If we share our Lord with others, we can be true stars that will shine forever radian­tly beautiful in God’s sight. God has called each one of us to lead someone to him. Jesus tells us in scrip­ture that we are to make disciples of all nations and baptize them in the name of the Father, the Son and the Holy Spirit (Matthew 28:19-20). We are in the last days, and we are the ambas­sadors of our Lord Jesus Christ.


                      HEBREWS 10:11-14, 18

It was customary for the priests to stand while offering sacrifices. The sacrifices under the old system were repeated again and again, year after year; but even so these sacrifices  could never save those who lived under their rules. Christ’s act of sitting down at God’s right hand symbolizes the end of the sacrificial system. Christ gave himself to God for our sins as one sacrifice for all time, and then sat down in the place of highest honor at God’s right hand.

There was a danger of the people returning to the old Jewish system, which would be saying that Christ’s sacrifice was not enough to forgive their sins. Any system to win God’s approval through good works is essentially rejecting the significance of Christ’s death and spurning the Holy Spirit’s work. Do not let anyone tell you that Christ’s sacrifice was incomplete or that something else is needed to make you acceptable to God, because this can lead you away from right faith and right living.

We have been made complete in Christ, and yet we are still being made holy. We do good things not to become good, but because of the goodness that is within us (1 John 4:4). Through his death and resurrection, Jesus Christ once and for all made it possible for his believers to become perfect in God’s sight by washing them clean from sin. At the same time he is making them holy in their daily pilgrimages through life. We must realize that because God is not finished with us, we must be open to this growth process by being obedient to Christ, by living out the values of scripture and the church in our daily lives. Most of all, we need to accept the forgiveness that Christ provides for each one of us.


                         MARK 13:24-32

In today’s passage we find that Jesus tells us that when the time of tribulation has ended his return will be unmistakable. In the midst of that time of persecution even strong believers will find it very difficult to follow Jesus and to keep from being deceived by false teachers. When Jesus does return there will be no doubt of his identity. If you have to be told that the Messiah has come, then he has not (Matthew 24:27).

Christ’s coming will be obvious to everyone, and there will be “deep mourning” because unbelievers will suddenly realize they have chosen the wrong side. In the time of Jesus the world seemed very concrete and dependable. The roles of the people were clearly defined, giving the impression of permanence. It was just that essence of permanence that Jesus was threatening to change.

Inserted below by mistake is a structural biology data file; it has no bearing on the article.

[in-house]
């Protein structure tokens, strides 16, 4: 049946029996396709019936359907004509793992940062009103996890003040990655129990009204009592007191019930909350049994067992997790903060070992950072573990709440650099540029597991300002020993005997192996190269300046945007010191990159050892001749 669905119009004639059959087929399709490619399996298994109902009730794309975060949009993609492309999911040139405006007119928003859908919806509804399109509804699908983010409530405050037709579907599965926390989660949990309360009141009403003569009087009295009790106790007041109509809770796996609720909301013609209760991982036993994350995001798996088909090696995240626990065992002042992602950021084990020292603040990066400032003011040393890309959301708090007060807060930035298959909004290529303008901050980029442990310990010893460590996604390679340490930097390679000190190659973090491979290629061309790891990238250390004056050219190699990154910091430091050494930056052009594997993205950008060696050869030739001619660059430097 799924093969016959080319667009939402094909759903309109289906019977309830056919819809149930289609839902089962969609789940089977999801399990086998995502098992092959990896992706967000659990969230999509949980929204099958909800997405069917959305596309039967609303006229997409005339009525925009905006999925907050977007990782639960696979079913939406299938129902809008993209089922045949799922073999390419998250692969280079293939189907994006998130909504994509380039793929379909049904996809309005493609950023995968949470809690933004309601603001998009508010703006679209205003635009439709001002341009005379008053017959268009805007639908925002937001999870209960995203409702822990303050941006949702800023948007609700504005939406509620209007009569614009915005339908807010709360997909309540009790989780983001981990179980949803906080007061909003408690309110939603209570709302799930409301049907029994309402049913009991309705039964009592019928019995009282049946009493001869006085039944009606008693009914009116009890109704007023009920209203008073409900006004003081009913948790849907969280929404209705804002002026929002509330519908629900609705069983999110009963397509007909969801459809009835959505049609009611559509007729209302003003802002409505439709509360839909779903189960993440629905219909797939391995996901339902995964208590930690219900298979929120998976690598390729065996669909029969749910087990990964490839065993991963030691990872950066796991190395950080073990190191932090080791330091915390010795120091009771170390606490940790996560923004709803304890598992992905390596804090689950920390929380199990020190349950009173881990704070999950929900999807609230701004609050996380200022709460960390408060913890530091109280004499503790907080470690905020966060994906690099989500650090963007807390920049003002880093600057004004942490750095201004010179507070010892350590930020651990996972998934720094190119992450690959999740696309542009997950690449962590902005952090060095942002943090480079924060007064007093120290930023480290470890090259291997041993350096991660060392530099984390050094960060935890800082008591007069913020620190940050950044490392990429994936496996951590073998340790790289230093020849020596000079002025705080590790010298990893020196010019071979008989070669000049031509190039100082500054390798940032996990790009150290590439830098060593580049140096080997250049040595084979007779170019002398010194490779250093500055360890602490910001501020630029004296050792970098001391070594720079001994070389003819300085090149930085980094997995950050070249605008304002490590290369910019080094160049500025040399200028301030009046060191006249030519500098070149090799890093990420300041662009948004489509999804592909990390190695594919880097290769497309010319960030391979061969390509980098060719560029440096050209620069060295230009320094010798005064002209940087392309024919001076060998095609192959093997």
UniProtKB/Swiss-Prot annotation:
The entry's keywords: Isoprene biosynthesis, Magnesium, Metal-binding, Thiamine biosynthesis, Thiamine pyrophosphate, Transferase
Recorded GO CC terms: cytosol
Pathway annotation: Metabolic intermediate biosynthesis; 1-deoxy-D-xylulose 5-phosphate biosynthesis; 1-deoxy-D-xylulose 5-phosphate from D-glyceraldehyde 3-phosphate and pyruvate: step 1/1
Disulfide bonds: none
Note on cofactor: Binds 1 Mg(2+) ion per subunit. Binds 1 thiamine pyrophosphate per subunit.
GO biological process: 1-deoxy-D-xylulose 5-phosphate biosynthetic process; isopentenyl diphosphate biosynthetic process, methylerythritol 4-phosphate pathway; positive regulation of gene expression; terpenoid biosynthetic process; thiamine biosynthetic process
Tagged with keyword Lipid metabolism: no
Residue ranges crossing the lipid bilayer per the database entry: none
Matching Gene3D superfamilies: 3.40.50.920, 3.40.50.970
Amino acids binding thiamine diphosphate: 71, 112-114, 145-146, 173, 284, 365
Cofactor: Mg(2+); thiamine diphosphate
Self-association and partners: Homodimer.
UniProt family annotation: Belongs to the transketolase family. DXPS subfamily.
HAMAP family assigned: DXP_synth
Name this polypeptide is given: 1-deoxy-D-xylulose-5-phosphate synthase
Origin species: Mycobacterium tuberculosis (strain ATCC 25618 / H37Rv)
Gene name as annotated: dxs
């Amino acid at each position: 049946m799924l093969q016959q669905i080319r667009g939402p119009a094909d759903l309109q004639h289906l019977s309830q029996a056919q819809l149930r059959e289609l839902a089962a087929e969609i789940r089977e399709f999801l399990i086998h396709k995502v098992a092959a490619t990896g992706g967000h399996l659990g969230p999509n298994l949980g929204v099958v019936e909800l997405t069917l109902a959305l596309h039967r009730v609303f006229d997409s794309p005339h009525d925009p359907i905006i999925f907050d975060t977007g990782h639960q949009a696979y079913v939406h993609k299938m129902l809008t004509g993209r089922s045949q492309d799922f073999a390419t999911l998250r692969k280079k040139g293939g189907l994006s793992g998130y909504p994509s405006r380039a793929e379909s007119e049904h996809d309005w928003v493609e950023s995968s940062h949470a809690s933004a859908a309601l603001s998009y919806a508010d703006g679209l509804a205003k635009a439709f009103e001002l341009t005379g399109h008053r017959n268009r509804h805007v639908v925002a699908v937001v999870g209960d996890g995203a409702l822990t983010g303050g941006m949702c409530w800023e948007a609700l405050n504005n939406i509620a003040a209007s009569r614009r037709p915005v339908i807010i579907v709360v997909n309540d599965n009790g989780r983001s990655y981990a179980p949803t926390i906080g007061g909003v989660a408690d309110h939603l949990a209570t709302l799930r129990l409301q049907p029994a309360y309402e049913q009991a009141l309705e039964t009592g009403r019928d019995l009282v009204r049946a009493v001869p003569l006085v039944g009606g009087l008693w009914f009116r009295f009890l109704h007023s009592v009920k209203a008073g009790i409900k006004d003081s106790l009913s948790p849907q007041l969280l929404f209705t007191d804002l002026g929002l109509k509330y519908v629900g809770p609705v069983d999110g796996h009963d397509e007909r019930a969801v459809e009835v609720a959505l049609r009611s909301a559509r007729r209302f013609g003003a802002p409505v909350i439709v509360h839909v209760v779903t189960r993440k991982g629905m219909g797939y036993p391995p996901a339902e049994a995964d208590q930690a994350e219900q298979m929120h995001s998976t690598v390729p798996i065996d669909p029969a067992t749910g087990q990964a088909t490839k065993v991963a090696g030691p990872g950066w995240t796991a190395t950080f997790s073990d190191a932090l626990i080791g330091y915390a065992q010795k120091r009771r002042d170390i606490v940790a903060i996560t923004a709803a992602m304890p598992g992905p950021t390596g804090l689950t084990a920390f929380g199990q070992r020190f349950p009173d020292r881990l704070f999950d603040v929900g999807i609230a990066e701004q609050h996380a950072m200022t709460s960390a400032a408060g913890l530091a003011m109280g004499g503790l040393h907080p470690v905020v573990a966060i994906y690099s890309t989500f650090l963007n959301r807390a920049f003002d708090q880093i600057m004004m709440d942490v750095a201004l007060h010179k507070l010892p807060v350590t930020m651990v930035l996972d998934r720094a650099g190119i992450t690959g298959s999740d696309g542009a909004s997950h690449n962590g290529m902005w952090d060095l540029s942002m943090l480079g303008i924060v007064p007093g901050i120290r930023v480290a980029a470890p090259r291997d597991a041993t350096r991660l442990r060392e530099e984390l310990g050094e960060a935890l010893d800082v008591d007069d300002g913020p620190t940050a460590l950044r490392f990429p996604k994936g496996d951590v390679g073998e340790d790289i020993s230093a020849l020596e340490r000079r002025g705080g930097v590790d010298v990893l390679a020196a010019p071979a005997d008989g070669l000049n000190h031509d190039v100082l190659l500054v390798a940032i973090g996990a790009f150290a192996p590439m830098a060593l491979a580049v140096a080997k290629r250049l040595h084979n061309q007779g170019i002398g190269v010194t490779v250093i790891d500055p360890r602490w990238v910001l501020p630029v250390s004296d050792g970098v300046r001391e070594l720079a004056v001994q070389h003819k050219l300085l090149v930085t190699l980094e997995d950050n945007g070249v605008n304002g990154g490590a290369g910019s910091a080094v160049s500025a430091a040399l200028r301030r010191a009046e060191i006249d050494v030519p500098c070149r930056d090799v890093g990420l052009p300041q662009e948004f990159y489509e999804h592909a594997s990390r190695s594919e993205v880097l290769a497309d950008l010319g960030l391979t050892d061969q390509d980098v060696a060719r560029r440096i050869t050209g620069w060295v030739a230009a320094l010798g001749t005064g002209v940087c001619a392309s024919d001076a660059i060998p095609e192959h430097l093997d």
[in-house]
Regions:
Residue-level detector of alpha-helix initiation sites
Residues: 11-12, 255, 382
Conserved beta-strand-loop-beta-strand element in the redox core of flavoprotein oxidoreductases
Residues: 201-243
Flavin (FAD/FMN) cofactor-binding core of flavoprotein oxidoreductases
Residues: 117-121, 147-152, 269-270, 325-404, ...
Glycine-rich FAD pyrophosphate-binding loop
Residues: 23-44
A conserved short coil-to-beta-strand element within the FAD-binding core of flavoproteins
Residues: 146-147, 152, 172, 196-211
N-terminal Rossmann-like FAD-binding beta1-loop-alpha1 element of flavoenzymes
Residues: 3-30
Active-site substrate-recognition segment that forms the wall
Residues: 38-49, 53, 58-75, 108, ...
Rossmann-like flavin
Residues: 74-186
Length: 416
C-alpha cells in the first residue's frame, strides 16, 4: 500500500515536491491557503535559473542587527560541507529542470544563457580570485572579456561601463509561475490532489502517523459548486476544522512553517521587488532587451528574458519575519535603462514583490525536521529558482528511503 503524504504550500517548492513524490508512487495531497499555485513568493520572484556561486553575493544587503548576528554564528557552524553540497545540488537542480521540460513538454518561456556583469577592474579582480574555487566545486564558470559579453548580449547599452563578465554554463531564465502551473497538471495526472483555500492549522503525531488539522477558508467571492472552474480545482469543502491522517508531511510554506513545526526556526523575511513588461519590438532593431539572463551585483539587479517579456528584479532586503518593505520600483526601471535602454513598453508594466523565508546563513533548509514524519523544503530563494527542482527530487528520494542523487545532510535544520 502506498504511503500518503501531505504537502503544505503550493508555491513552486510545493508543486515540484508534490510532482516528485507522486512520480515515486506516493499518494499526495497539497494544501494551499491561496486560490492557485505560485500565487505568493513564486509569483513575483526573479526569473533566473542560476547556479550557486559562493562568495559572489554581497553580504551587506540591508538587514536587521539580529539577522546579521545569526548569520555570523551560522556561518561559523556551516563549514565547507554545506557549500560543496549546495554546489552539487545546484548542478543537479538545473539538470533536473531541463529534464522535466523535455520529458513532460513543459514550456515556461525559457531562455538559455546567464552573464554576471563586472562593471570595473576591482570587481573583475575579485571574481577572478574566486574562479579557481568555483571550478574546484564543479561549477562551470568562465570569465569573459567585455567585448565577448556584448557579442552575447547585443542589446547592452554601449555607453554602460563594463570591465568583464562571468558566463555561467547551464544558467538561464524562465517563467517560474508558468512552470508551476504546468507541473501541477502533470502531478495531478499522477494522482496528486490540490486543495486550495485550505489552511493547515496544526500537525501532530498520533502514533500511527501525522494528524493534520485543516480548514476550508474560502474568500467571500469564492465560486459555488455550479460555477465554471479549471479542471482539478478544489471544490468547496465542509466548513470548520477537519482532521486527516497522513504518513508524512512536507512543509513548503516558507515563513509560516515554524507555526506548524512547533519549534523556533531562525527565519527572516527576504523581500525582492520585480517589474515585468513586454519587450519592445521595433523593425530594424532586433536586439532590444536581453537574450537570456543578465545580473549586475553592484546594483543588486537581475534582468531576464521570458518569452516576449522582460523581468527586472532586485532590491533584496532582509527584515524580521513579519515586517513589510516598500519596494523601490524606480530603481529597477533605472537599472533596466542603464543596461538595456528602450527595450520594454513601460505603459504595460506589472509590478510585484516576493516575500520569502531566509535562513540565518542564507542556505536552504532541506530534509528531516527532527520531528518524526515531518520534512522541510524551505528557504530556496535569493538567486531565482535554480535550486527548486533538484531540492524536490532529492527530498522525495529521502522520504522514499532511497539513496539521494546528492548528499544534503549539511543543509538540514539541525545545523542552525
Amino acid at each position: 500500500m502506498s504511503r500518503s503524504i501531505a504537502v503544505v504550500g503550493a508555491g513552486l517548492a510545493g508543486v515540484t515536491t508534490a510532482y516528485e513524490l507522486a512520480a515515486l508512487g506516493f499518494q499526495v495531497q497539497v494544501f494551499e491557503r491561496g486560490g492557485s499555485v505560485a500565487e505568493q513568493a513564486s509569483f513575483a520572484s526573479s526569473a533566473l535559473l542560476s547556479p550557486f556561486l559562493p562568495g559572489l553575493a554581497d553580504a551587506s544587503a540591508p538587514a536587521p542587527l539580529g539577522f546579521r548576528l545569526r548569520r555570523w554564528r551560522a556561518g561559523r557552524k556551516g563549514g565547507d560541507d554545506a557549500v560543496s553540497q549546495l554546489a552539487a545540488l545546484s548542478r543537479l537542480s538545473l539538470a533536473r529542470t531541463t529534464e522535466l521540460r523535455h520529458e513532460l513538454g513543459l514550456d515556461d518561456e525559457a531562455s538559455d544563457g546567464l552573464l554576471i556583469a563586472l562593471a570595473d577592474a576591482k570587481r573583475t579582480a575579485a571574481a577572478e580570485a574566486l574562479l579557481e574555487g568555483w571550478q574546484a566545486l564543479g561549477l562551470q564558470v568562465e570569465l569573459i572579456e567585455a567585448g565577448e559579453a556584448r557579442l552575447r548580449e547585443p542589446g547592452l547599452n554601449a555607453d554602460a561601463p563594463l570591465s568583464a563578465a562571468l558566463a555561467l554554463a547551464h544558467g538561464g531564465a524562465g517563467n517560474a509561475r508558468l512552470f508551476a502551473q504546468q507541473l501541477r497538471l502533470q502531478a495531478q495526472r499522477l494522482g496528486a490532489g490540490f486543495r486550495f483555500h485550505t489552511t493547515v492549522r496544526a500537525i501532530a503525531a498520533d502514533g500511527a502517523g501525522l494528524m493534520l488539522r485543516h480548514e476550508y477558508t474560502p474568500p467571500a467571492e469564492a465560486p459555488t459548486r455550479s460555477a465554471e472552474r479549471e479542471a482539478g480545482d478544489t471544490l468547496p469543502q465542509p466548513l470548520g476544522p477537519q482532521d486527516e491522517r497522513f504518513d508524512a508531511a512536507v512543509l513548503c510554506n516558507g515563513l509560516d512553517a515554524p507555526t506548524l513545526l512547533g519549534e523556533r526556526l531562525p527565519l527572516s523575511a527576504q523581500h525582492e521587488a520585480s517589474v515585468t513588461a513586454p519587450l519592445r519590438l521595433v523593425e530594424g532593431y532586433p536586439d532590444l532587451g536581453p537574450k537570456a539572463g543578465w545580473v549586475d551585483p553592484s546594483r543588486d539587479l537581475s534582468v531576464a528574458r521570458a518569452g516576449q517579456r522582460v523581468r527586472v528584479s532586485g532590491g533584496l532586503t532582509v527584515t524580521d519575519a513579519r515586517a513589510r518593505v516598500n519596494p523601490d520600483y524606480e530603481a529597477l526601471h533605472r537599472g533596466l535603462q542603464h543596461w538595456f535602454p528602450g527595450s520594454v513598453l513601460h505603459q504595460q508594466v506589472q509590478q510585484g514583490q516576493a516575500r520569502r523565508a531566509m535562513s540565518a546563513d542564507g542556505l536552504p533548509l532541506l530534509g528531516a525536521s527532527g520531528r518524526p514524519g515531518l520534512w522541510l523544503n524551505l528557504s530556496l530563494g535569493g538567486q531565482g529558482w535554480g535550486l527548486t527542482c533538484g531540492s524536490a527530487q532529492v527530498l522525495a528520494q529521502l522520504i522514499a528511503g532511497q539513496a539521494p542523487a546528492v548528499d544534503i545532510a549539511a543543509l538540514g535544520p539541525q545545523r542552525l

Today many people fear the destruction of the world through nuclear power. Jesus tells us that while we can be sure the earth will pass away in time, the truth of his words will never be changed or abolished. God and his holy word provide the only stability in our unstable world. It is so incredibly shortsighted to spend so much of our time learning about this temporary world and accumulating its possessions, while neglecting God, scrip­ture, church and all the eternal truths of our faith.

Today many books are written in many languages that predict when Jesus will come back. These books are written to give the impres­sion that man has figured out what Jesus said.  Only his Father knows, and we are to stay alert (Mark 13:32,33).  When Jesus said that, even he did not know the time of the end. He was affirming his humanity.  Jesus voluntarily gave up the unlimited use of his divine attributes when he became a man. The bottom line on this passage is that no one can predict by scrip­ture or by science the exact day of Jesus’ return. Jesus teaches us that preparation, not calculation, is needed.


The first reading tells us that we can be eternal stars if we share our Lord with others.  The second reading shows that to deny Christ’s forgiveness to ourselves is to deny it to all. The Gospel reveals that the earth will pass away, but God’s word will never pass away.

This week, prepare for the coming of the Lord through service to others, not by trying to calculate it through books and movies.  Show your family and friends by your actions that you are preparing to live forever and are ready to die right now. Let them see the power of your prayer life. Let them see that you pray about everything and complain about nothing. Let them experience your forgiveness and show them that you forgive others because you know you are forgiven.  Do this with your family, friends, school, and work associates, and you will be amazed at what can happen in just one week.  This is your week; let it happen.

Posted in Bible Studies.